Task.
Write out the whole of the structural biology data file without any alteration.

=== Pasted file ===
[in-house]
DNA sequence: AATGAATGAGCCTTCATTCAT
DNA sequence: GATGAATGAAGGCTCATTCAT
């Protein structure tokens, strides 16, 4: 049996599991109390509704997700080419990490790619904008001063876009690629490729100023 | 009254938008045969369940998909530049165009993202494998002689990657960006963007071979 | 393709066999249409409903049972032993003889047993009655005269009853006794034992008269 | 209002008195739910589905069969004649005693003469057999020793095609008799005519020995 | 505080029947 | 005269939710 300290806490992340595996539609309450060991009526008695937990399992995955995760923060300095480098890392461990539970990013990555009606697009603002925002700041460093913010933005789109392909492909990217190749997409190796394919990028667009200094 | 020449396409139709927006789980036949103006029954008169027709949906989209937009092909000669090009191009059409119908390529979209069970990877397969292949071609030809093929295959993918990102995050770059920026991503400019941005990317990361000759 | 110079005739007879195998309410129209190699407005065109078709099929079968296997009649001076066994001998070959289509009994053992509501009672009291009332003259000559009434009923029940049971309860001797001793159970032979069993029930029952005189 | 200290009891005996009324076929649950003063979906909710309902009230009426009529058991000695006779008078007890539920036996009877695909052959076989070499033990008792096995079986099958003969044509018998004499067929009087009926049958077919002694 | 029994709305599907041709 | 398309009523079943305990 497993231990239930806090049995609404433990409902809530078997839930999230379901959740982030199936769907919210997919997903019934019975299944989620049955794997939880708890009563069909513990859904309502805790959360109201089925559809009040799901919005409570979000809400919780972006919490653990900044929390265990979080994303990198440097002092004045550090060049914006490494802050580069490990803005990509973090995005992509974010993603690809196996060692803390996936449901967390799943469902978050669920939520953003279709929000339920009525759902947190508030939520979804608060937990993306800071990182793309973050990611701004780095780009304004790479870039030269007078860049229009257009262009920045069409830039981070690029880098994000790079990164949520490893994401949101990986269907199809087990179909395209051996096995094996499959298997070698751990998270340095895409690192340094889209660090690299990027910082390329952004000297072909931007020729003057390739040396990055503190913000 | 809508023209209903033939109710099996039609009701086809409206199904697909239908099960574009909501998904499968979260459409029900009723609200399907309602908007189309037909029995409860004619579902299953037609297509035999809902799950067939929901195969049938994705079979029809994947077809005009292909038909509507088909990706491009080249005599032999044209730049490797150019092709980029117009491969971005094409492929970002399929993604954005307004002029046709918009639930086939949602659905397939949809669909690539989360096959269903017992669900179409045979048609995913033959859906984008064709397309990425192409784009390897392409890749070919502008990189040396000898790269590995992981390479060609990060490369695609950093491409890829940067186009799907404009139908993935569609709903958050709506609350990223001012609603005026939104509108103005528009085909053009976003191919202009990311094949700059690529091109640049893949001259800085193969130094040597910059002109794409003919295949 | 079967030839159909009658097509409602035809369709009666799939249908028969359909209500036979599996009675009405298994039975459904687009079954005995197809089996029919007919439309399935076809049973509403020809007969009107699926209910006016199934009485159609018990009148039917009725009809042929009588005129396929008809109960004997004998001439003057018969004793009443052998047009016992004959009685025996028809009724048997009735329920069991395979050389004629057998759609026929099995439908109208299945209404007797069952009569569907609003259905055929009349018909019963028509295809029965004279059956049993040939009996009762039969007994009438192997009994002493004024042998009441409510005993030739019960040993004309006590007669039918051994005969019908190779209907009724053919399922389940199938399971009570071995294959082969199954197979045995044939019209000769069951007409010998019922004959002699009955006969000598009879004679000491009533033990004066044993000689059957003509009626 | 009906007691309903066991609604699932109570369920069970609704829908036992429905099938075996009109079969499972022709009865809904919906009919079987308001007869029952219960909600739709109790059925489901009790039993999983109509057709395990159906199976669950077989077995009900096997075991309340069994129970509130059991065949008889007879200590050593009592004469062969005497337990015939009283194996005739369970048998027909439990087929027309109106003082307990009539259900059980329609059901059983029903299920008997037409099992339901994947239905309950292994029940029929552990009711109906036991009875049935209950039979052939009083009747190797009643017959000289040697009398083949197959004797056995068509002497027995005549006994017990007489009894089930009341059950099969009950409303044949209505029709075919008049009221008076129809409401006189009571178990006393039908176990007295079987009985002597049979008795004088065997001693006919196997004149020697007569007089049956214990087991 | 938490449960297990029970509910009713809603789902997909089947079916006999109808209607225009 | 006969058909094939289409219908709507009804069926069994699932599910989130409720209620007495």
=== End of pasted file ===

[in-house]
DNA sequence: AATGAATGAGCCTTCATTCAT
DNA sequence: GATGAATGAAGGCTCATTCAT
């Protein structure tokens, strides 16, 4: 049996599991109390509704997700080419990490790619904008001063876009690629490729100023 | 009254938008045969369940998909530049165009993202494998002689990657960006963007071979 | 393709066999249409409903049972032993003889047993009655005269009853006794034992008269 | 209002008195739910589905069969004649005693003469057999020793095609008799005519020995 | 505080029947 | 005269939710 300290806490992340595996539609309450060991009526008695937990399992995955995760923060300095480098890392461990539970990013990555009606697009603002925002700041460093913010933005789109392909492909990217190749997409190796394919990028667009200094 | 020449396409139709927006789980036949103006029954008169027709949906989209937009092909000669090009191009059409119908390529979209069970990877397969292949071609030809093929295959993918990102995050770059920026991503400019941005990317990361000759 | 110079005739007879195998309410129209190699407005065109078709099929079968296997009649001076066994001998070959289509009994053992509501009672009291009332003259000559009434009923029940049971309860001797001793159970032979069993029930029952005189 | 200290009891005996009324076929649950003063979906909710309902009230009426009529058991000695006779008078007890539920036996009877695909052959076989070499033990008792096995079986099958003969044509018998004499067929009087009926049958077919002694 | 029994709305599907041709 | 398309009523079943305990 497993231990239930806090049995609404433990409902809530078997839930999230379901959740982030199936769907919210997919997903019934019975299944989620049955794997939880708890009563069909513990859904309502805790959360109201089925559809009040799901919005409570979000809400919780972006919490653990900044929390265990979080994303990198440097002092004045550090060049914006490494802050580069490990803005990509973090995005992509974010993603690809196996060692803390996936449901967390799943469902978050669920939520953003279709929000339920009525759902947190508030939520979804608060937990993306800071990182793309973050990611701004780095780009304004790479870039030269007078860049229009257009262009920045069409830039981070690029880098994000790079990164949520490893994401949101990986269907199809087990179909395209051996096995094996499959298997070698751990998270340095895409690192340094889209660090690299990027910082390329952004000297072909931007020729003057390739040396990055503190913000 | 809508023209209903033939109710099996039609009701086809409206199904697909239908099960574009909501998904499968979260459409029900009723609200399907309602908007189309037909029995409860004619579902299953037609297509035999809902799950067939929901195969049938994705079979029809994947077809005009292909038909509507088909990706491009080249005599032999044209730049490797150019092709980029117009491969971005094409492929970002399929993604954005307004002029046709918009639930086939949602659905397939949809669909690539989360096959269903017992669900179409045979048609995913033959859906984008064709397309990425192409784009390897392409890749070919502008990189040396000898790269590995992981390479060609990060490369695609950093491409890829940067186009799907404009139908993935569609709903958050709506609350990223001012609603005026939104509108103005528009085909053009976003191919202009990311094949700059690529091109640049893949001259800085193969130094040597910059002109794409003919295949 | 079967030839159909009658097509409602035809369709009666799939249908028969359909209500036979599996009675009405298994039975459904687009079954005995197809089996029919007919439309399935076809049973509403020809007969009107699926209910006016199934009485159609018990009148039917009725009809042929009588005129396929008809109960004997004998001439003057018969004793009443052998047009016992004959009685025996028809009724048997009735329920069991395979050389004629057998759609026929099995439908109208299945209404007797069952009569569907609003259905055929009349018909019963028509295809029965004279059956049993040939009996009762039969007994009438192997009994002493004024042998009441409510005993030739019960040993004309006590007669039918051994005969019908190779209907009724053919399922389940199938399971009570071995294959082969199954197979045995044939019209000769069951007409010998019922004959002699009955006969000598009879004679000491009533033990004066044993000689059957003509009626 | 009906007691309903066991609604699932109570369920069970609704829908036992429905099938075996009109079969499972022709009865809904919906009919079987308001007869029952219960909600739709109790059925489901009790039993999983109509057709395990159906199976669950077989077995009900096997075991309340069994129970509130059991065949008889007879200590050593009592004469062969005497337990015939009283194996005739369970048998027909439990087929027309109106003082307990009539259900059980329609059901059983029903299920008997037409099992339901994947239905309950292994029940029929552990009711109906036991009875049935209950039979052939009083009747190797009643017959000289040697009398083949197959004797056995068509002497027995005549006994017990007489009894089930009341059950099969009950409303044949209505029709075919008049009221008076129809409401006189009571178990006393039908176990007295079987009985002597049979008795004088065997001693006919196997004149020697007569007089049956214990087991 | 938490449960297990029970509910009713809603789902997909089947079916006999109808209607225009 | 006969058909094939289409219908709507009804069926069994699932599910989130409720209620007495």